Mira Dayal at Spencer Brownstone Gallery
…In that Empire, the Art of Cartography attained such Perfection that the map of a single Province occupied the entirety of a City, and the map of the Empire, the entirety of a Province. In time, those Unconscionable Maps no longer satisfied, and the Cartographers Guilds struck a Map of the Empire whose size was that of the Empire, and which coincided point for point with it. The following Generations, who were not so fond of the Study of Cartography as their Forbearers had been, saw that that vast Map was Useless, and not without some Pitilessness was it, that they delivered it up to the Inclemencies of Sun and Winters. In the Deserts of the West, still today, there are Tattered Ruins of that Map, inhabited by Animals and Beggars; in all the Land there is no other Relic of the Disciplines of Geography. –Suárez Miranda, Viajes de varones prudentes, Libro IV, Cap. XLV, Lérida, 1658.
10 February – 4 April 2021
“…the map would represent a territory inhabited by subjects who in reality inhabit the map”—Umberto Eco, How to Travel with a Salmon (1992, p101)
Based on famed writer Jorge Luis Borges’s one-paragraph short story of a map that’s the size of the empire it represents, Mira Dayal has taken the entire paragraph as the title and the concept for her solo exhibition at Spencer Brownstone Gallery, on view between February 10 and April 4, 2021. Dayal transposed the idea onto the space of the gallery by covering its floor in graphite to map out the entire territory of the gallery, as exactly as possible. The act took about three weeks, with at least 150 graphite sticks.
The purpose of maps is not only for the function of legibility for the sake of wayfinding but also the demarcation of ownership by an emperor or a state. In Umberto Eco’s extended (and funny) examination of Borges’s paragraph-long hypothetical, “On the Impossibility of Drawing a Map of the Empire on a Scale of 1 to 1” in How to Travel with a Salmon (1992), it becomes clear that the absurdist act of creating a 1:1 map of any space is an exercise in futility and megalomania. In no way functional, the original intent of the object to be exact will always fall short of reality and rendered unfaithful almost as soon as it is complete. Dayal’s conceptual takeover of the gallery points this out pithily and poignantly.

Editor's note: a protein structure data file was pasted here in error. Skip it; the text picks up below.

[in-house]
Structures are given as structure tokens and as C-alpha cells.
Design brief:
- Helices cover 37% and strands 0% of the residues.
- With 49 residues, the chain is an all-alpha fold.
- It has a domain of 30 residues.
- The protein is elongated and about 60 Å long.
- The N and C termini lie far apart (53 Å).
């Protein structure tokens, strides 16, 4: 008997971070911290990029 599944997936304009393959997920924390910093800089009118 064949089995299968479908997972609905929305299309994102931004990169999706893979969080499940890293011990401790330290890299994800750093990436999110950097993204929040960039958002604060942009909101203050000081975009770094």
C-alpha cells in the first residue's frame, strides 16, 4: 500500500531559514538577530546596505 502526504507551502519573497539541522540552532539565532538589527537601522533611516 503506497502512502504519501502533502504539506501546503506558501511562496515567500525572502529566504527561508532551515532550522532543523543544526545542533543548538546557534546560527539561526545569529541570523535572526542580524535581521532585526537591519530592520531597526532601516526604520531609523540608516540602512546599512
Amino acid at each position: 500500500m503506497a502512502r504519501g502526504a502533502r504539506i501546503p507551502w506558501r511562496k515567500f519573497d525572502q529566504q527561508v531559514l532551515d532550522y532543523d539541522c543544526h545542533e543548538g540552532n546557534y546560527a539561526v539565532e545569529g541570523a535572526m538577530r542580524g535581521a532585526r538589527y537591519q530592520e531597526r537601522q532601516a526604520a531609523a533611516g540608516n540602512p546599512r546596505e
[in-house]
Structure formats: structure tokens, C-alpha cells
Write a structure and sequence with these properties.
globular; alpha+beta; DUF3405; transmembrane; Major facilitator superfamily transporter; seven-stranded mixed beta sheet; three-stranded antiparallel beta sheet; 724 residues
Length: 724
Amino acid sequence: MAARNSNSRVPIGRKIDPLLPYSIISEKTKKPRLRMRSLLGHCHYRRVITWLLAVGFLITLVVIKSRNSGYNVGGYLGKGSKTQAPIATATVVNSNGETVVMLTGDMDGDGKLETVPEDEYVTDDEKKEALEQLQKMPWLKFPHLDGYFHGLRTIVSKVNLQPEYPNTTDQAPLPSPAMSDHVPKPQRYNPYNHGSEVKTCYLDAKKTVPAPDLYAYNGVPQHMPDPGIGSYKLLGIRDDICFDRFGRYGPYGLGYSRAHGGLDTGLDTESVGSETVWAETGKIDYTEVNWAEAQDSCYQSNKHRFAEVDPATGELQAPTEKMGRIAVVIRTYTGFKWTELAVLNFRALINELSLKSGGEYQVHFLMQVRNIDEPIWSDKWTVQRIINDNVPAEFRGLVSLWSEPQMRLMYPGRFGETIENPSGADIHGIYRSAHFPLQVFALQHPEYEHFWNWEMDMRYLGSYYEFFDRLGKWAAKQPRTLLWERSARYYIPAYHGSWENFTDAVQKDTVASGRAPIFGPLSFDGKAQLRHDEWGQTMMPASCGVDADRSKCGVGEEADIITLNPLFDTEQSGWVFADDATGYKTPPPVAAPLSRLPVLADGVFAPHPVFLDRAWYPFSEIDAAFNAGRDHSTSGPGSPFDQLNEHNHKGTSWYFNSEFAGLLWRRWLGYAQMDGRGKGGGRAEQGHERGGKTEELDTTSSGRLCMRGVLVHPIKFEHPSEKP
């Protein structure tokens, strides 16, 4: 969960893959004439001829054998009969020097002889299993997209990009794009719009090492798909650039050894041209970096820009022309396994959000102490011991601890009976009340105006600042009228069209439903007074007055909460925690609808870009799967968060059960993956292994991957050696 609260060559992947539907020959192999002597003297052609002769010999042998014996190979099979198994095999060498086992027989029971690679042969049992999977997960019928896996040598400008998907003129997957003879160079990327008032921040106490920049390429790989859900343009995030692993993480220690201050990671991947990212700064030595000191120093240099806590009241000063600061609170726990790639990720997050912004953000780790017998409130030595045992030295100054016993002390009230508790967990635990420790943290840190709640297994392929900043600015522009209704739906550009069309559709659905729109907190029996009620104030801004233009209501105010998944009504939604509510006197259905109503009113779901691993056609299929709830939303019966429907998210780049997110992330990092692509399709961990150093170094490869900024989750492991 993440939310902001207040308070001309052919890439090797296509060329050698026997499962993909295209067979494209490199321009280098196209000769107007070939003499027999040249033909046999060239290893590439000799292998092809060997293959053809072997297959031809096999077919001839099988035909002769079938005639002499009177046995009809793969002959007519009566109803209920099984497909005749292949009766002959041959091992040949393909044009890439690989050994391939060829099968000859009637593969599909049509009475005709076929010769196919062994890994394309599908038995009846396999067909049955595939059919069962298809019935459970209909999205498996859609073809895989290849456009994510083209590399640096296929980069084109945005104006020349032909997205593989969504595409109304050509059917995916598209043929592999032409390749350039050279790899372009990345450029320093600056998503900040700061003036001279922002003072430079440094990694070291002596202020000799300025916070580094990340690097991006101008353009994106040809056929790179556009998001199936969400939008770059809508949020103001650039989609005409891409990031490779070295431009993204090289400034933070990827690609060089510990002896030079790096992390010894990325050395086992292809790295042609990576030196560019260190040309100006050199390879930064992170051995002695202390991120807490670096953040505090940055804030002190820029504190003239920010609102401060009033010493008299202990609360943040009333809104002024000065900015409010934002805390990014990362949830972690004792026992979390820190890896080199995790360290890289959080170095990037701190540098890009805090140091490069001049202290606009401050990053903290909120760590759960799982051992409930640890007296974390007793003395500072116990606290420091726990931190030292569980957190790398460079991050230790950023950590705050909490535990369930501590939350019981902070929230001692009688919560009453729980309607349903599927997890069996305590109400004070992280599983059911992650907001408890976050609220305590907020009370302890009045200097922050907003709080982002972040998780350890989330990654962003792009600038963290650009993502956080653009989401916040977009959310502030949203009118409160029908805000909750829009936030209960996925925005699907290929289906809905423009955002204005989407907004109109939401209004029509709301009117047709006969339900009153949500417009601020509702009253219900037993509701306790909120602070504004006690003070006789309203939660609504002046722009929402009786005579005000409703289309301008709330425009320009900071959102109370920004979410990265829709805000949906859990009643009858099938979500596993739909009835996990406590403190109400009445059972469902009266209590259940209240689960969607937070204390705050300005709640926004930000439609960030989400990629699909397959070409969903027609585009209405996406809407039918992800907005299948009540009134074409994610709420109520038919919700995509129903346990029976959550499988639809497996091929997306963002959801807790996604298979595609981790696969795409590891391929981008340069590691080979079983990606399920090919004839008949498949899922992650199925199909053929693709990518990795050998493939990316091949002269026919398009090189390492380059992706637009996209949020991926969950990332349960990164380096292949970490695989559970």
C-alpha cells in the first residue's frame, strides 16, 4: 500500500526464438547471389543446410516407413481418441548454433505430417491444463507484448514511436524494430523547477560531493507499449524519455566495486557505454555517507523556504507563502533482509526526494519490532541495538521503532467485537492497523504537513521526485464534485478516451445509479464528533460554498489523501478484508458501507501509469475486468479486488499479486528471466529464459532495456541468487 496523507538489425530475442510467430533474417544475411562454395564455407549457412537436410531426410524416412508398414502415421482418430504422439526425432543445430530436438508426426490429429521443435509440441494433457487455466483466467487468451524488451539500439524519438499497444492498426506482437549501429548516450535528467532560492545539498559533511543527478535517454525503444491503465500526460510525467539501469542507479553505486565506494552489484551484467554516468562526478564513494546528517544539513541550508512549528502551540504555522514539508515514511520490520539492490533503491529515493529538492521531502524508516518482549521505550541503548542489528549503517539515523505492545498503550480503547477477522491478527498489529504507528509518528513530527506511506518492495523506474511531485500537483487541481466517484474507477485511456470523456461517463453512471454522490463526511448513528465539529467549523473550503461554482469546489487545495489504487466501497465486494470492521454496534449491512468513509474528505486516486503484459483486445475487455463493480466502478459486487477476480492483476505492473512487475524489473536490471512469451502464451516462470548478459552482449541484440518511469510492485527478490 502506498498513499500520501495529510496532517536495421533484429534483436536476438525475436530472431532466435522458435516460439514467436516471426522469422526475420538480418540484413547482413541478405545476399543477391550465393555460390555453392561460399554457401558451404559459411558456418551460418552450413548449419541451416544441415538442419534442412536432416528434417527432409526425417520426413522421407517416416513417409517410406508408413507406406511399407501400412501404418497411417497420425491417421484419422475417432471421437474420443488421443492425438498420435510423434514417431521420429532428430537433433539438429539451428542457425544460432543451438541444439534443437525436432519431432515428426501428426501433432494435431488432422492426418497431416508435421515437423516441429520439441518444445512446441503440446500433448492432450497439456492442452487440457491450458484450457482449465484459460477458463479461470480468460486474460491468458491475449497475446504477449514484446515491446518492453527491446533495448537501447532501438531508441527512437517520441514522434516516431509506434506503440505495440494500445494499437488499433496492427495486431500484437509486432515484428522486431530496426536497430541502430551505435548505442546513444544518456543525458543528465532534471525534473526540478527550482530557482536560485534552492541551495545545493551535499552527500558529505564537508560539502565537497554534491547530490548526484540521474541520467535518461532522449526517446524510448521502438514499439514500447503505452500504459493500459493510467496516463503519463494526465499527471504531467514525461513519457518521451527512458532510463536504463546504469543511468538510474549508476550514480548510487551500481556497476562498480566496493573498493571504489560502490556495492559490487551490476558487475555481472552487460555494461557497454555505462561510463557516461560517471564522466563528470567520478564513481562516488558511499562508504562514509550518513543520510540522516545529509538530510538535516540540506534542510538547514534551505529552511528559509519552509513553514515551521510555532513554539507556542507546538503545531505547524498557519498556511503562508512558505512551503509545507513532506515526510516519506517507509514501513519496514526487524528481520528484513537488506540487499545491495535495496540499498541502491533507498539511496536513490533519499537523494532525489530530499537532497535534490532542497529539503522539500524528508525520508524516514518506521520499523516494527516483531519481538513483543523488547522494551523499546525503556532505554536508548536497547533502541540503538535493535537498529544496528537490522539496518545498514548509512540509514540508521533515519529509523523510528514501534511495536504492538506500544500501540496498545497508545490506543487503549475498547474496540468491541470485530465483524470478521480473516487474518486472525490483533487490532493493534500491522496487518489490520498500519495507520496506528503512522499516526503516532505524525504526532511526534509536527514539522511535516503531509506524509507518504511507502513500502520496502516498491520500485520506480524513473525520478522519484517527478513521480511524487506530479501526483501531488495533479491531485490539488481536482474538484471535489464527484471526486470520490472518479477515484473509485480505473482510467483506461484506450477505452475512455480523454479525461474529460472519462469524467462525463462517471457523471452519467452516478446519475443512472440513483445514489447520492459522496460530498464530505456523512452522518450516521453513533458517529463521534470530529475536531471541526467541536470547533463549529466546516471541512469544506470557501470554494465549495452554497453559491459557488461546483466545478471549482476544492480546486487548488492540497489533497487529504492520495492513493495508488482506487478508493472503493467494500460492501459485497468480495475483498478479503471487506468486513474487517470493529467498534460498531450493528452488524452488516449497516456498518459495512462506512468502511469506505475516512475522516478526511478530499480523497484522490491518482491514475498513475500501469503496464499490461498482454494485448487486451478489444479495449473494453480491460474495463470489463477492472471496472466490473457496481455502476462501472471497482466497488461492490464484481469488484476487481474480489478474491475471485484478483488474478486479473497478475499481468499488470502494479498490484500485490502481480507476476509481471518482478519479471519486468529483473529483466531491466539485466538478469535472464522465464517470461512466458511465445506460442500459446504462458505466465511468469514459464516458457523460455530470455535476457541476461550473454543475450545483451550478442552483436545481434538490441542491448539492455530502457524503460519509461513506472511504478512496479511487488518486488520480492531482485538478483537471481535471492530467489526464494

We, as participants of Dayal’s work, are what Eco calls the subjects who are inhabiting the map, rather than the represented territory—aka the gallery. Similar to the hyper-awareness of the interior space of Walter De Maria’s The New York Earth Room (1977), not 20 minutes away in a nearby DIA Art Foundation location, Dayal’s Map (40°43’15.0″N 73°59’05.51″W) (2021) embodies the gallery. By taking control of the gallery’s literal grounds, Dayal artistically occupies the gallery, as if to plant a flag upon this land—painstakingly covers the interior gallery floor with graphite.
This act of reclamation by the artist is then released, and controls relinquished to the elements to the other two works of the show: Lips and Twelve Winds (clockwise from north: Aparctias, Meses, Caecias, Apeliotes, Eurus, Phoenicias, Notos, No Wind, Lips, Zephyrus, Argestes, Thrascias) (2021). Dayal installs twelve fans to represent the twelve directions on a compass. Often used on historical maps to illustrate the beliefs of the cartographers and their employers (or better known as the masters of the territory). Instead of being internally dictated, the fans are triggered by actual winds of New York City through Lips, which is a weathervane installed in the gallery’s backyard. This subtle gesture gives over the protection of the map (keeping the graphite from lifting off) and the ownership of “land” to the climate. At the end of the day, humanity is only the subjects of the map, as Eco suggests, without control of the elements. We could only do our best to preserve and guard this precious access we call earth.
In quite the Duchampian gesture, the art is in the concept, not something that could be owned. One could theoretically buy the graphite, the fans, and the weathervane and reinstall the three works. Just as a map is a poor representation of ownership of land, the gesture of commerce is almost meaningless. With works that one could recreate if there’s an inclination, the gallery is stripped of its dealer role, as the ideas are not commodities that could be sold or truly owned once the idea is in the world. The gallery also loses a bit of control over its “land.” As the space during the weeks of this exhibition, planet earth gets to regulate this place, this internal system. By taking over the grounds (visible) and the fans that move the air (invisible) in the space, Dayal recultivates the gallery for the art and idea, and in turn returns control of a small piece of land to nature.